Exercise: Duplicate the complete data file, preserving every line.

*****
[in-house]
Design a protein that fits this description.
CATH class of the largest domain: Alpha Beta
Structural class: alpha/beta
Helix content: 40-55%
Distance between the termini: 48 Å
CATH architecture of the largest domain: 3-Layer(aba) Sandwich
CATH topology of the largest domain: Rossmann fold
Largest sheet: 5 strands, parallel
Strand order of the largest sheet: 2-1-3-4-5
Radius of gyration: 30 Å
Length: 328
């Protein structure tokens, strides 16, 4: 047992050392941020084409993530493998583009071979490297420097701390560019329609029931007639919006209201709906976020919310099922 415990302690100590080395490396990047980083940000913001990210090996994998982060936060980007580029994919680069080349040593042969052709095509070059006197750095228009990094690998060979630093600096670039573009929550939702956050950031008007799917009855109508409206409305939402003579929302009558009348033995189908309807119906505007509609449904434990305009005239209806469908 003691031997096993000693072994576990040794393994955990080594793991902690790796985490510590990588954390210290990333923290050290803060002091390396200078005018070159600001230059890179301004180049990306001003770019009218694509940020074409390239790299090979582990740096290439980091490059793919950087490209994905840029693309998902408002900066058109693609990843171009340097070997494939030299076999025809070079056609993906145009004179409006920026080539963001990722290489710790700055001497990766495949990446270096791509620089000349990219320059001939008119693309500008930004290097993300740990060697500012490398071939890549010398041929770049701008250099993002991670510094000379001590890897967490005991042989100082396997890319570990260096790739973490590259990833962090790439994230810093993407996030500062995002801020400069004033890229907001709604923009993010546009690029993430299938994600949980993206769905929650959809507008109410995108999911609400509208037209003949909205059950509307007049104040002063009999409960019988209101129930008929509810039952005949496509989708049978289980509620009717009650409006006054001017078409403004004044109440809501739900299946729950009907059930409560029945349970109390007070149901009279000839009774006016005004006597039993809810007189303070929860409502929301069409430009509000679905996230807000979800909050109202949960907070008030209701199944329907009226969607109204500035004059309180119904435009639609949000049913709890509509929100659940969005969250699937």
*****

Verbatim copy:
[in-house]
Design a protein that fits this description.
CATH class of the largest domain: Alpha Beta
Structural class: alpha/beta
Helix content: 40-55%
Distance between the termini: 48 Å
CATH architecture of the largest domain: 3-Layer(aba) Sandwich
CATH topology of the largest domain: Rossmann fold
Largest sheet: 5 strands, parallel
Strand order of the largest sheet: 2-1-3-4-5
Radius of gyration: 30 Å
Length: 328
């Protein structure tokens, strides 16, 4: 047992050392941020084409993530493998583009071979490297420097701390560019329609029931007639919006209201709906976020919310099922 415990302690100590080395490396990047980083940000913001990210090996994998982060936060980007580029994919680069080349040593042969052709095509070059006197750095228009990094690998060979630093600096670039573009929550939702956050950031008007799917009855109508409206409305939402003579929302009558009348033995189908309807119906505007509609449904434990305009005239209806469908 003691031997096993000693072994576990040794393994955990080594793991902690790796985490510590990588954390210290990333923290050290803060002091390396200078005018070159600001230059890179301004180049990306001003770019009218694509940020074409390239790299090979582990740096290439980091490059793919950087490209994905840029693309998902408002900066058109693609990843171009340097070997494939030299076999025809070079056609993906145009004179409006920026080539963001990722290489710790700055001497990766495949990446270096791509620089000349990219320059001939008119693309500008930004290097993300740990060697500012490398071939890549010398041929770049701008250099993002991670510094000379001590890897967490005991042989100082396997890319570990260096790739973490590259990833962090790439994230810093993407996030500062995002801020400069004033890229907001709604923009993010546009690029993430299938994600949980993206769905929650959809507008109410995108999911609400509208037209003949909205059950509307007049104040002063009999409960019988209101129930008929509810039952005949496509989708049978289980509620009717009650409006006054001017078409403004004044109440809501739900299946729950009907059930409560029945349970109390007070149901009279000839009774006016005004006597039993809810007189303070929860409502929301069409430009509000679905996230807000979800909050109202949960907070008030209701199944329907009226969607109204500035004059309180119904435009639609949000049913709890509509929100659940969005969250699937």